Wednesday, 12 December 2007

Letters from Japan – Part 2

Reading this second letter makes me realise that whenever you are travelling, you discover, and describe, your experiences as though you are the first person ever to observe a new culture. On one hand, it comes across as extremely naive, but on the other, it means that even as adults we are capable of child-like wonder as we encounter new things. An exhilarating experience to be cherished.

September 21, 2004

I don't really feel that I did the idiosyncrasies of Japanese culture justice the last time I wrote - I was too wrapped up in talking about where I have been and the weather.

I had the ultimate stereotypical experience the other day in observing the school's Sumo club train. A dusty little tin shed, 10 sweaty, heavy-set Japanese teenagers, one coach and 11 loin cloths. Hmm. The coach very generously asked our male students if they would like to join in, but they all declined, no doubt concerned about how their little chicken legs would look sticking out of the turban-like cloths. My fellow chaperon did decide to have a try, some of which I captured on video, but I must admit, I was not to keen to stick around. Nothing you want to see less than a colleague in a nappy.

I have also been impressed by the myriad rules governing the wearing of shoes in and around Japanese buildings. You take you shoes off at the entrance to the school, and get around in some very attractive, burgundy vinyl slippers. If you want to go into building two, you change your slippers at the door. Slippers off completely for the gym. Pink plastic slippers for the food room and red slippers for the computer room. Slip out of your everyday slippers when you go into the toilet, and put on the comfy green slippers, which are lined up neatly, awaiting your arrival. Oh - and don't forget the brown slippers for the third floor.

Needless to say, it is sometimes hard to keep track.

Speaking of the Gym (was I??). . . saw the funniest PE class ever the other day. Our students were most horrified as I filmed them marching on the spot, walking in circles and performing standing exercise that were straight out of the 1950s. All in time to brass band marching music. I was laughing so hard that I had tears streaming down my face, but of course I couldn't use a tissue because it is very rude to do such things in public. It's okay to fall asleep in a gym full of people while listening to some naff speech (as long as you don't fall over or snore), but don't ever blow your nose in public. Nor is it a good idea to do anything whilst walking. There are little seats located next to vending machines where you may sit and have your drink/ snack/ smoke, but make sure you don't move around - poor form. The only case in which this does not apply is when eating an ice-cream. These, for some reason, are portable fare.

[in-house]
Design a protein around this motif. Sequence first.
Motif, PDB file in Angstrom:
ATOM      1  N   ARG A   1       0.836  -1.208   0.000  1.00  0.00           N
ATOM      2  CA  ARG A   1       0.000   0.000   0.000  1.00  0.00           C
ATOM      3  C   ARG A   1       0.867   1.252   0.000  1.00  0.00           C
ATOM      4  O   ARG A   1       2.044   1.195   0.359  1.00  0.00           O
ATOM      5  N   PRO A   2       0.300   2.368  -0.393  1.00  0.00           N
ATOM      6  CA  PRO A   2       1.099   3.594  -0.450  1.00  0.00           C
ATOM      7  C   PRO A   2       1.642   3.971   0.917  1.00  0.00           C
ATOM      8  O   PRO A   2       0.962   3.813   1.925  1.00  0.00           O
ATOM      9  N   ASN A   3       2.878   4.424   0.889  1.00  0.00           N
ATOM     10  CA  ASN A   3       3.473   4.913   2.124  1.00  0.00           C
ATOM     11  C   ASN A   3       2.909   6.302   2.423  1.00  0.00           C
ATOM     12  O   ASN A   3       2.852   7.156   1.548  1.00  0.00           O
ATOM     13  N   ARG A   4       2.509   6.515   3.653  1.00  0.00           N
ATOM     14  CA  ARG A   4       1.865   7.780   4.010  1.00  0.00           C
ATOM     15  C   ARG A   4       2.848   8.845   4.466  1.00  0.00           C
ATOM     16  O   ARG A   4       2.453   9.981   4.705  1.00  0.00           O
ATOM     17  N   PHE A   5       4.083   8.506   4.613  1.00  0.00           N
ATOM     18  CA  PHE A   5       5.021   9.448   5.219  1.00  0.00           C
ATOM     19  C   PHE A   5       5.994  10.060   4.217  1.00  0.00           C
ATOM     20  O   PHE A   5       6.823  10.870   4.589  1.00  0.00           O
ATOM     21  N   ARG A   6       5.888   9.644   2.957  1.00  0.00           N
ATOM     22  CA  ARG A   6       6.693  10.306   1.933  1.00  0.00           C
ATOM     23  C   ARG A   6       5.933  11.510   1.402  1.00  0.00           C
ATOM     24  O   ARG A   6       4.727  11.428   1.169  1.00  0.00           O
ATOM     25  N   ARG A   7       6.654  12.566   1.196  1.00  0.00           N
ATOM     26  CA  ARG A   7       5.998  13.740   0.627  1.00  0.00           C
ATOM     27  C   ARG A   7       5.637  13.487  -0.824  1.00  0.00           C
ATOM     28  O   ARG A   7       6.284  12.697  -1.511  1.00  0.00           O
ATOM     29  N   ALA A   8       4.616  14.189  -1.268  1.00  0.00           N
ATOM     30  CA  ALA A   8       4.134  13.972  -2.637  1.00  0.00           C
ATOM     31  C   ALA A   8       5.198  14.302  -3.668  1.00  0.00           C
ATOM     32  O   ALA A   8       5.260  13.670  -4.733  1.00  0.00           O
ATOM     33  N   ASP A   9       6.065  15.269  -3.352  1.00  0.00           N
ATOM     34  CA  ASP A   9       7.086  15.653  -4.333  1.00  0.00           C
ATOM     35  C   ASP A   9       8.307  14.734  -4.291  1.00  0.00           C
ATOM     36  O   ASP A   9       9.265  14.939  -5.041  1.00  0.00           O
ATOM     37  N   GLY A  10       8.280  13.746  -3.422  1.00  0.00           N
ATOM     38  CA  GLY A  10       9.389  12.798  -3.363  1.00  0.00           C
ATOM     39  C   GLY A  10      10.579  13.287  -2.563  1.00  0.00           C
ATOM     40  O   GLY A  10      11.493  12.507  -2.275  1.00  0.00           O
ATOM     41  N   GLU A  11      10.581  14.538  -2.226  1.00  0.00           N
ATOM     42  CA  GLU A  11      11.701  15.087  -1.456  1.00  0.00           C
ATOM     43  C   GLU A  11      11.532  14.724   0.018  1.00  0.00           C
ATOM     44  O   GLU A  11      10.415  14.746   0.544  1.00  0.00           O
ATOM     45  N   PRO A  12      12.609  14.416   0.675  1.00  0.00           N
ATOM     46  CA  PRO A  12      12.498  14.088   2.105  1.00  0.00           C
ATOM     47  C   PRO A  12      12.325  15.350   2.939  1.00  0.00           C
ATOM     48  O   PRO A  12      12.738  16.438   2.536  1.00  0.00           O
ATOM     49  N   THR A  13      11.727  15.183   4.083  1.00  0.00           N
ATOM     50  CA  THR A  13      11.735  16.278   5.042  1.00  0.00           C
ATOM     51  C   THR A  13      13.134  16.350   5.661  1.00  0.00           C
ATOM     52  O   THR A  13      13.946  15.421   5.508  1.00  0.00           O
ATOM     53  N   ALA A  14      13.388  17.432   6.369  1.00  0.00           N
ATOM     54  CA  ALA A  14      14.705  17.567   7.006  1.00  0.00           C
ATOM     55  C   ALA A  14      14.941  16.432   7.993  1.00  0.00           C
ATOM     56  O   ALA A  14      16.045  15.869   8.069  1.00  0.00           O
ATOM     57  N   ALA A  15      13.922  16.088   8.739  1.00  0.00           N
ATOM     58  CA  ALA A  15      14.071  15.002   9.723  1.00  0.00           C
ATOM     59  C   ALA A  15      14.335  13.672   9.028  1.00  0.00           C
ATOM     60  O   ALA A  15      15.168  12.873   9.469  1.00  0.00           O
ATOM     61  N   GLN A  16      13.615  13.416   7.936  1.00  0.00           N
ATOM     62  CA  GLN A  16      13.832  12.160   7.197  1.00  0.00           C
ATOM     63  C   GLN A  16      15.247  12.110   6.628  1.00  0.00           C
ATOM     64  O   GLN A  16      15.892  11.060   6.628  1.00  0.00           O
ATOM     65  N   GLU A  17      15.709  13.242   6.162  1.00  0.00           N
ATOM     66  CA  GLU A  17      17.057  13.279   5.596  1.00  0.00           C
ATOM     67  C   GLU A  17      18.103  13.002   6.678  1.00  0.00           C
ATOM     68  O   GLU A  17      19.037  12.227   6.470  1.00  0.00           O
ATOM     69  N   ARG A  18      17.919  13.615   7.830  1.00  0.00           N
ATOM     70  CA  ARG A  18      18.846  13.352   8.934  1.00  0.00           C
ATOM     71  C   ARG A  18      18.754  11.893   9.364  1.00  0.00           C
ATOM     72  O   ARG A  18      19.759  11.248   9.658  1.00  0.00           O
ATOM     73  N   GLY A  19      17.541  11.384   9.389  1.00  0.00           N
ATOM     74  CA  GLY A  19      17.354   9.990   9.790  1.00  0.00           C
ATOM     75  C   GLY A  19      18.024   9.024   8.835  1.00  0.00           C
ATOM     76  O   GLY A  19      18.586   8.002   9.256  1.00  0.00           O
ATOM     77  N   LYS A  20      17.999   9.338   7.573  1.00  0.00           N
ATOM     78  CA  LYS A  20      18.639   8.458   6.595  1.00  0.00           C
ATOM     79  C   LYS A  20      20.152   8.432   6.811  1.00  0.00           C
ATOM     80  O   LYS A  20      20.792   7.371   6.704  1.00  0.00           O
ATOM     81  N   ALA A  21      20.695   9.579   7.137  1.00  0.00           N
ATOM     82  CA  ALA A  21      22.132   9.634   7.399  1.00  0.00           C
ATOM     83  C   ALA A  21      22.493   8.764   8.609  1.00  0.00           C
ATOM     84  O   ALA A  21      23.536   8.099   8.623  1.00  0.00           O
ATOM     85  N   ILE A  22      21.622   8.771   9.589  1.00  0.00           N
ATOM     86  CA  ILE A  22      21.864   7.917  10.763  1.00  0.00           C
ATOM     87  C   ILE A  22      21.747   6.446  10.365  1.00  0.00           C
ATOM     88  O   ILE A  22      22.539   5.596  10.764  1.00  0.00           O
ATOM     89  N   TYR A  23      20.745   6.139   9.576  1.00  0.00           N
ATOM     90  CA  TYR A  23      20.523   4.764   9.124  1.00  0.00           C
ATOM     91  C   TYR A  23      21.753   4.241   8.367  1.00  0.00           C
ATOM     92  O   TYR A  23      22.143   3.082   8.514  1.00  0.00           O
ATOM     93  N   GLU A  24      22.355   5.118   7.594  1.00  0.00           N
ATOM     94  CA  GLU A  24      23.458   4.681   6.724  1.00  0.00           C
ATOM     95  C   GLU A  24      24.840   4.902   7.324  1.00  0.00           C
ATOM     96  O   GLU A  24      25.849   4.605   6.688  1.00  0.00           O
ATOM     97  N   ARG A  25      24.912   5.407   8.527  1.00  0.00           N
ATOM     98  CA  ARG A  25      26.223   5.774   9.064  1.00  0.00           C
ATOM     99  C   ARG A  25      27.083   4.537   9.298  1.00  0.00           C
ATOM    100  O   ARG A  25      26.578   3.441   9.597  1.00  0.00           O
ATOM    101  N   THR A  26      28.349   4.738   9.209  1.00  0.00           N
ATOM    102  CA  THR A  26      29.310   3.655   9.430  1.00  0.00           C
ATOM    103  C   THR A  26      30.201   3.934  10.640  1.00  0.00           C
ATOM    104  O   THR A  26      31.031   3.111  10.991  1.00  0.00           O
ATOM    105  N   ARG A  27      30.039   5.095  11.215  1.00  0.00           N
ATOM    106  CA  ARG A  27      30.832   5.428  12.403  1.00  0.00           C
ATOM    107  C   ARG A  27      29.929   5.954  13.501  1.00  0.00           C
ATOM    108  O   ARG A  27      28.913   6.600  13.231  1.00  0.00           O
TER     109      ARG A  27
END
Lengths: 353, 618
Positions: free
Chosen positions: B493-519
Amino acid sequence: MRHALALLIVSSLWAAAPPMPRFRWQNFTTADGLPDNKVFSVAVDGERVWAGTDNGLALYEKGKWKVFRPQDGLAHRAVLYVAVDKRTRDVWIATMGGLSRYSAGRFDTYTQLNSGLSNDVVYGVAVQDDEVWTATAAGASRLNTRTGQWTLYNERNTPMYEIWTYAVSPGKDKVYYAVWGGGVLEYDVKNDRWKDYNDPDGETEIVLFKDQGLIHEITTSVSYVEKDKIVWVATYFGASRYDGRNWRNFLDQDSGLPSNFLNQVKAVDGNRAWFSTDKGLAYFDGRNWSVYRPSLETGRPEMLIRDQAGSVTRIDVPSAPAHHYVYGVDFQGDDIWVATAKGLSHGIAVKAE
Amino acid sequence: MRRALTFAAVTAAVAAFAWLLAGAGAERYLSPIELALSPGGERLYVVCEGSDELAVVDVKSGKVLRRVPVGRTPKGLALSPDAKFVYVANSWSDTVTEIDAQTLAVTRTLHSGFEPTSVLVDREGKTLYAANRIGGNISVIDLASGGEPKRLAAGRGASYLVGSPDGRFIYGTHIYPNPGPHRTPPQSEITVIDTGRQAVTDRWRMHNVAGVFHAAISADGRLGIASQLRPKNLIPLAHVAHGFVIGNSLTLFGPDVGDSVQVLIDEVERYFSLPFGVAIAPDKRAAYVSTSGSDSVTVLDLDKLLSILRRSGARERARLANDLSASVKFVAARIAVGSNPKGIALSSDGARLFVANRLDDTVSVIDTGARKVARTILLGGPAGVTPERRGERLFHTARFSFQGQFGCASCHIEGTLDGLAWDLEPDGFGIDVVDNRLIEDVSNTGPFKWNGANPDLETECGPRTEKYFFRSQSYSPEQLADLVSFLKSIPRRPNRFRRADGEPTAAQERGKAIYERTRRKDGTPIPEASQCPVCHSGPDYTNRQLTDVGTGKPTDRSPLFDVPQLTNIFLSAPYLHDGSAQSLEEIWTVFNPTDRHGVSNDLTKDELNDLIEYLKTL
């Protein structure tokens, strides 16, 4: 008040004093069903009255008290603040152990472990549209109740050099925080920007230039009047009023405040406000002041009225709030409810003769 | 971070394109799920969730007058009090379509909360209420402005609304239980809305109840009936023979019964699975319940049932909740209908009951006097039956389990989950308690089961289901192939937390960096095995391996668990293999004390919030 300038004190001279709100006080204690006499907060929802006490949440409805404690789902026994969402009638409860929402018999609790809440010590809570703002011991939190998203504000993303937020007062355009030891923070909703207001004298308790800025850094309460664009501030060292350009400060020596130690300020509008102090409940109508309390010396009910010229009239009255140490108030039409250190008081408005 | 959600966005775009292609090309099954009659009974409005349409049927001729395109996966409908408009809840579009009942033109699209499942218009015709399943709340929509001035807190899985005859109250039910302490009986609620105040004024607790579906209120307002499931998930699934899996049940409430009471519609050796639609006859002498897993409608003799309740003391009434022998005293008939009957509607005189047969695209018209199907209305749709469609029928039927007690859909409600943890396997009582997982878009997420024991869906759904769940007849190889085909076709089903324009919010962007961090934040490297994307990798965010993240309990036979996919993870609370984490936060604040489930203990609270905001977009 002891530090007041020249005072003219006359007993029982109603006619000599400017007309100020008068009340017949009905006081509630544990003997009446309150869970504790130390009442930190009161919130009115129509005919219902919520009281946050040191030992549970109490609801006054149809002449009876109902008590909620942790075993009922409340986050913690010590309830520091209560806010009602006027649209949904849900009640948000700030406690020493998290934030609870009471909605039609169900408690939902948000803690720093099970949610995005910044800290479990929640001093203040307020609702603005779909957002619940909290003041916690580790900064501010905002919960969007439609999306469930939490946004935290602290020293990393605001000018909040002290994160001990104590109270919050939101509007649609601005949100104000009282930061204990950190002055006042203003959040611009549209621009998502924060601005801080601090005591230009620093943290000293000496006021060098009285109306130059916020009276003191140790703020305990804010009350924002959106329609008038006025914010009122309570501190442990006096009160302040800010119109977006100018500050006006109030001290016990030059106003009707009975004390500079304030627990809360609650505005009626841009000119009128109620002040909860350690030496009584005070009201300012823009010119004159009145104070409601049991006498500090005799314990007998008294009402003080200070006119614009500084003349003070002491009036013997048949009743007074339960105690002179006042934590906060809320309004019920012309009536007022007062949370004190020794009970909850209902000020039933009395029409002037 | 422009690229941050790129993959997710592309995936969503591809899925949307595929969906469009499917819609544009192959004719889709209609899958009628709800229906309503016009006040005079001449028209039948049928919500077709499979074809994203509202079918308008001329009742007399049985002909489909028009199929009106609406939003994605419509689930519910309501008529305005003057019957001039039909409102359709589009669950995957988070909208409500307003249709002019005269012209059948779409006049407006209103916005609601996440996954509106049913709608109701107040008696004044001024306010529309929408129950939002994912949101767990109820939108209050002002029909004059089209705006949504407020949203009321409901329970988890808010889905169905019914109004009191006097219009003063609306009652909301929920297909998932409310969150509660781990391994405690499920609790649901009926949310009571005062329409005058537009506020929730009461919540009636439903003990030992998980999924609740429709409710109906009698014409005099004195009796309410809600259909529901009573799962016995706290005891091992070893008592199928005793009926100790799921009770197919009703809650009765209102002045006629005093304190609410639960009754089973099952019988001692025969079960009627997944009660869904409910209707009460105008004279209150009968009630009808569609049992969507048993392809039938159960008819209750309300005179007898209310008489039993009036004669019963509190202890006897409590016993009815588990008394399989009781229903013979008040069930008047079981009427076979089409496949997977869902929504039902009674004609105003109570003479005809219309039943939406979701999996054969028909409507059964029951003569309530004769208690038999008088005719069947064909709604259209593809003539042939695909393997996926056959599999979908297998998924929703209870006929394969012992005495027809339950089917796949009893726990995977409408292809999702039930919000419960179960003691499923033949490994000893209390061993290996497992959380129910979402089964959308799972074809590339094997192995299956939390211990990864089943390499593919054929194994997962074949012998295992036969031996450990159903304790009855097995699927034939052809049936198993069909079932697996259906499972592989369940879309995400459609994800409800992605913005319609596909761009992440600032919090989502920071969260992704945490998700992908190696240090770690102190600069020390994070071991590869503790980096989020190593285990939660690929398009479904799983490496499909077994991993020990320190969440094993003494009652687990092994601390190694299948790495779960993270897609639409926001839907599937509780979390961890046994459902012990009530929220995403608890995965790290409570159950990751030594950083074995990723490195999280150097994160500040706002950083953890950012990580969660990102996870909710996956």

Enough of the funny ha-ha at the expense of Japanese customs. On Thursday night we were taken out to dinner with the staff of our host school for a welcome party. Justin and some of the men were getting stuck into the Sake, playing some hideously dangerous drinking game where you pass the little shot cup to the next person you want to challenge. The Sumo coach was so pissed by 9 o'clock that he fell asleep at the table. Justin can't remember anything from about the second challenge. Luckily, the Vice Principal, Kenji (JFK for short) was getting stuck in too, so no rules of etiquette were broken. The place where we ate was a Yakitori bar, which is like Tapas but Japanese food. Piles of delicious morsels like little chicken and fish skewers, edamame peas, soups, silken tofu, sashimi. . . yum. I even tried - wait for it - raw
chicken! As first I was hesitant, but then I thought, “I can't not taste this because it is way too good a story.” It was cut into quite small pieces, which you dipped in a soy sauce and ginger mix. It actually tasted okay, a bit like raw fish, but in my head I was hearing, "I'm eating raw chicken, I'm eating raw chicken, I'm eating raw chicken, swallow, swallow, swallow," which of course made it very difficult to swallow. I only ate one piece.

Yesterday we went to Nagashima Spa Land, which is a massive Disneyland type amusement park with the biggest roller coaster I have ever seen. It was so big, that the highest parts were in the clouds. (!!!!) Went on heaps of rides with the kids, despite considerable trepidation. Have an hilarious photo of me taken by the camera at the top of one of the big drops on the roller coaster - I look like I am about to scream out a tonsil. Did not feel queasy until right at the end of the day, after going a freaky ride called the 'frisbee'. You can imagine what that looks like (except whatever you are picturing, think 10 times as big and upside down). Hence was not impressed by the chundering lady in the toilet next to me before the bus ride home. Yum.

Must go - the bell has gone. Will write again soon. Hope you are all happy (yay for school holidays!)

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